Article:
Despite the advantages of the conventional stretch wrap forming process described above in fabricating curved structures from honeycomb panels, a significant limitation arises in that the conventional stretch wrap forming process above is unable to fabricate complexly compound curved shapes. Thus, while shapes such as the cylindrical form shown in FIG. 3 are relatively easy to fabricate, shapes having reverse direction curves such as segments defining S-Shaped curvatures have not heretofore been formable using conventional stretch wrap fabrication. Furthermore, complex curves having differing axes of curvature are not formable using presently available stretch wrap methods and apparatus. By way of illustration, a frequently occurring type of complexly compound curved shape is found in objects often described as “coke bottle” shapes. This shapes acquires its name from its resemblance to certain commercial beverage bottles of the type manufactured by the Coca cola bottling company. However, the persuasiveness of such shape characteristics has caused the so-called coke bottle shape to acquire its own meaning within aviation fabrication industries.

Because such shapes are often utilized in industries such as aviation fabrication, and because honeycomb panels represent an otherwise attractive and light-weight advantageous fabricating material, there arises a continuing need in the art for method and process which facilitates the forming of honeycomb metal panels into compound complexly curved shapes.

SUMMARY OF THE INVENTION

Accordingly, it is a general object of the present invention to provide an improved method of forming curved shapes in difficult-to-form metal panels such as honeycomb metal panels. It is a more particular object of the present invention to provide an improved method of forming difficult-to-form metal panels such as honeycomb panels into compound curved shapes. It is a still more particular object of the present invention to provide an improved method of forming metal difficult-to-form panels such as honeycomb panels into complex compound curved shapes.

In accordance with the present invention there is provided a method of forming a generally planar honeycomb panel into a compound curved shape comprising the steps of: providing a generally planar panel; forming a primary curvature in the panel to form the panel into an undulating wave form panel; and forming a transverse curvature in the undulating wave form panel by producing a curvature in the undulating wave form panel transversely oriented with respect to the primary curvature. It will be noted that while the present invention is described below using honeycomb metal panels, the invention is not limited to honeycomb panel forming but is equally applicable to other metal panels.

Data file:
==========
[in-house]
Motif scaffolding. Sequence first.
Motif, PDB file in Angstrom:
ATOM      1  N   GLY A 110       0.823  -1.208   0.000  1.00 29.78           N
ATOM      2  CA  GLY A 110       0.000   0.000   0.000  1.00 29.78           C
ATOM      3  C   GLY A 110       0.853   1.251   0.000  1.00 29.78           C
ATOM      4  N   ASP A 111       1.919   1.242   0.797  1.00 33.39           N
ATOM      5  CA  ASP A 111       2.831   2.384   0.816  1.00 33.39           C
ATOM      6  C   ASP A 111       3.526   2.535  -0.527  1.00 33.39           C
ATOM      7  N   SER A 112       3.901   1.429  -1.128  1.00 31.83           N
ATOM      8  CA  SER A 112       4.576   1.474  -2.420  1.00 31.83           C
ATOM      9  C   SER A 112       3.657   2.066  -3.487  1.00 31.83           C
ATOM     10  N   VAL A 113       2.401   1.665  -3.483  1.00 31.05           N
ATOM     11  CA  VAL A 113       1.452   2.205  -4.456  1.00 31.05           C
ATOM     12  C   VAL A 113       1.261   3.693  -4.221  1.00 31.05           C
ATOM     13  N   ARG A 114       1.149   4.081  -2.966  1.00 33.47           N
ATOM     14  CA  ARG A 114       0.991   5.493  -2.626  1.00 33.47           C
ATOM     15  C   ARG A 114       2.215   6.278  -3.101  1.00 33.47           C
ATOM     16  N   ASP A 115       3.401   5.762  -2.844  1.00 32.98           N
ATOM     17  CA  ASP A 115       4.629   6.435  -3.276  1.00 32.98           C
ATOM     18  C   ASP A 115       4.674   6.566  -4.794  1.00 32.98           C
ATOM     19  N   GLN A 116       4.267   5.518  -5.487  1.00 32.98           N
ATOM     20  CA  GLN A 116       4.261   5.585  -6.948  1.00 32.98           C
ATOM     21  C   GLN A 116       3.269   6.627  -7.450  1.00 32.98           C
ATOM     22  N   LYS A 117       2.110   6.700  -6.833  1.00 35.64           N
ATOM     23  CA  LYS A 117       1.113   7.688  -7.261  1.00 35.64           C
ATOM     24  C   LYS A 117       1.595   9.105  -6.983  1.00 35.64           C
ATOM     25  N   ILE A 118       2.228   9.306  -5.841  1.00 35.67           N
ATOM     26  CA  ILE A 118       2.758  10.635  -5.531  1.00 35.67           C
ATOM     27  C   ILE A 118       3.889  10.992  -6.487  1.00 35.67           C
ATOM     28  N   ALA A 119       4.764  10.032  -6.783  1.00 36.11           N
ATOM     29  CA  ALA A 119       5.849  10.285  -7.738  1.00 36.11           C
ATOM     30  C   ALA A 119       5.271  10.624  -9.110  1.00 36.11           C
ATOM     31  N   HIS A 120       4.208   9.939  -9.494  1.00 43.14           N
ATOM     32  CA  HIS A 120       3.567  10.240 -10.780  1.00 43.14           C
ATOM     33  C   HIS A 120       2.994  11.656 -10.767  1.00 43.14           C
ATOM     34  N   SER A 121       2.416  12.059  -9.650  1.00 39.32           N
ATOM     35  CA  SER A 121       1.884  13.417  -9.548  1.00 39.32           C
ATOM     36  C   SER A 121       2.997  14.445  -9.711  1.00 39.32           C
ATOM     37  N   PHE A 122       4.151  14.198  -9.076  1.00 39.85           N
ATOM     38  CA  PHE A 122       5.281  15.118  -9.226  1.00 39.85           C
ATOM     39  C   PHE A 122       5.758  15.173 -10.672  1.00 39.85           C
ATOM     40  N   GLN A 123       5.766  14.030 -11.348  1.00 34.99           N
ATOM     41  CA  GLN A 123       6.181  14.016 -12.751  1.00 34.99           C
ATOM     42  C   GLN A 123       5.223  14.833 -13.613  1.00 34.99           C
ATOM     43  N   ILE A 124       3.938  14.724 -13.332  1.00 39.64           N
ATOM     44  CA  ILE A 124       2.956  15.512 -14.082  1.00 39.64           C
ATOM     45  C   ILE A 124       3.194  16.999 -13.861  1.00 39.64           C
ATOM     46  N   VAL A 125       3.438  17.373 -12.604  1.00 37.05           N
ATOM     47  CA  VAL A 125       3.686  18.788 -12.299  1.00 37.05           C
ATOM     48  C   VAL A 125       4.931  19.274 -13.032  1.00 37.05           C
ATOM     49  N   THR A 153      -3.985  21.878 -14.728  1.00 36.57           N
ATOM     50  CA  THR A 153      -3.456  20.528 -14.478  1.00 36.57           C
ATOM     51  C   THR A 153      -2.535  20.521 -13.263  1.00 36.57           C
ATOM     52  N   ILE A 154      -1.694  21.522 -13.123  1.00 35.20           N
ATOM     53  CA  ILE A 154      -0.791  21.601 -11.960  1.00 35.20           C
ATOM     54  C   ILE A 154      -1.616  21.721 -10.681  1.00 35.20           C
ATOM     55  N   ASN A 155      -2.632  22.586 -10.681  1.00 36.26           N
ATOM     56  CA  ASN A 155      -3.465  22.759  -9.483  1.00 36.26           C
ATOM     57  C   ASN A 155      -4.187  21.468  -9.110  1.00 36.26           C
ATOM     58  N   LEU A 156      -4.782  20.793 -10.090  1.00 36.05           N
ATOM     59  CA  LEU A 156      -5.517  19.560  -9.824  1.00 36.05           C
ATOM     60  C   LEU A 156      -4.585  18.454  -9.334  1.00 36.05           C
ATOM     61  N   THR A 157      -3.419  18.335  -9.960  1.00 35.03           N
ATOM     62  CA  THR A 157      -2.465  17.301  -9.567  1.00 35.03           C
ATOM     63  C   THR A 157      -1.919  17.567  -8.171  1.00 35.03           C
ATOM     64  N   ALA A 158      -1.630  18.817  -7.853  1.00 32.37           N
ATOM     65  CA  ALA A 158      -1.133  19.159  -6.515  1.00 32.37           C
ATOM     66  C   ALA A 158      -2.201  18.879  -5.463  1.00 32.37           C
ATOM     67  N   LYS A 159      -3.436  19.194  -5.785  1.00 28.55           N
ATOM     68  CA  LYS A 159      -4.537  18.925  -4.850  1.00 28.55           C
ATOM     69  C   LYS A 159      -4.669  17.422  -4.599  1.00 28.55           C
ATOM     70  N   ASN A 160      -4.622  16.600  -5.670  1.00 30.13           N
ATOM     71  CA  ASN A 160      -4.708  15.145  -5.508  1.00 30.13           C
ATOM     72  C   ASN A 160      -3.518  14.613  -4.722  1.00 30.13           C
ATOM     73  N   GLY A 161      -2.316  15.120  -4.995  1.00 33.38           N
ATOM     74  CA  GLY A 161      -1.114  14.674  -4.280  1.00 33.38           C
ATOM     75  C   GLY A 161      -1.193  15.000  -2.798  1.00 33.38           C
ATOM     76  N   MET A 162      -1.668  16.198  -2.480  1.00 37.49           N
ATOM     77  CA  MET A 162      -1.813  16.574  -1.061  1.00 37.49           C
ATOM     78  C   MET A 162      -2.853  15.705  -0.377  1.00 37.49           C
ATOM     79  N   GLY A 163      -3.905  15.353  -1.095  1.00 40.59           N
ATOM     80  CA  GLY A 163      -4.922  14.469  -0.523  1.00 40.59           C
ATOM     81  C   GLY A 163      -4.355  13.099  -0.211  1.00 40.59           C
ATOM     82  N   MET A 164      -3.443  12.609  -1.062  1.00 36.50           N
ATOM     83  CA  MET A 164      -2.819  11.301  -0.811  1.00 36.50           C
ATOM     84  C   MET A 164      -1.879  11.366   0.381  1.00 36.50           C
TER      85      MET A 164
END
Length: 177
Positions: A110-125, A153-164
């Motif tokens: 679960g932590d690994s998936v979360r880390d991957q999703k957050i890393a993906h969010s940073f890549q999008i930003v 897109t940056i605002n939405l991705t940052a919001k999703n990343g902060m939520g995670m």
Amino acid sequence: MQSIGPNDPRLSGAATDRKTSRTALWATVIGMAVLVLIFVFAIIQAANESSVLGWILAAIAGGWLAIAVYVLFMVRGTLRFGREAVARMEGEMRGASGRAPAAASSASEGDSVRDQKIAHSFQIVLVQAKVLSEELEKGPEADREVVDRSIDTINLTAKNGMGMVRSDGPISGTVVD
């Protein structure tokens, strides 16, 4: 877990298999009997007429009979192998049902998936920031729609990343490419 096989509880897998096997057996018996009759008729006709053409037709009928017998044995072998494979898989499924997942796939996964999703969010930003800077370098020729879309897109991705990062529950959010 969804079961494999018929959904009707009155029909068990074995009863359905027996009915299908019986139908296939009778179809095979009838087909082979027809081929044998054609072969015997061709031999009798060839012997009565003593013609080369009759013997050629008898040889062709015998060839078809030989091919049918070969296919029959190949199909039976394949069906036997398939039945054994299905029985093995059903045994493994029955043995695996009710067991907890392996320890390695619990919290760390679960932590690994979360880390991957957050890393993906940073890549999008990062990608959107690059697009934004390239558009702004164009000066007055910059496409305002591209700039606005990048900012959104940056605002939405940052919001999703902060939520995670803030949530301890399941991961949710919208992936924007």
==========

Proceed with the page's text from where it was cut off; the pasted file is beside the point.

In a more detailed sense, the present invention provides a method of forming a generally planar honeycomb panel into a compound curved shape comprising the steps of: providing stretch wrap apparatus having form block supports and articulated arms; providing a primary form block having a primary curve face and supporting the primary form block upon the stretch wrap apparatus; providing a generally planar honeycomb panel; positioning the honeycomb panel against the primary form block; coupling the articulated arms to opposed sides of the honeycomb panel; applying tension to the honeycomb panel; wrapping the honeycomb panel against the primary form block; providing a second stage form block defining a conforming curvature conforming to the primary curve face and at least one reverse curvature; positioning the second stage form block against the honeycomb panel; while maintaining the honeycomb panel in tension, reverse wrapping the honeycomb panel against the at least one reverse curvature to form an undulating wave form panel; providing a secondary stretch form block having an undulating curved surface conforming to the undulating wave form panel and transverse curved surface; positioning the undulating wave form panel against the secondary stretch form block; coupling the articulated arms to opposed sides of the undulating wave form panel; applying tension to the undulating wave form panel; and while maintaining the tension, wrapping the undulating wave form panel against the secondary stretch form block to impart a transverse curvature to the undulating wave form panel corresponding to the transverse curved surface.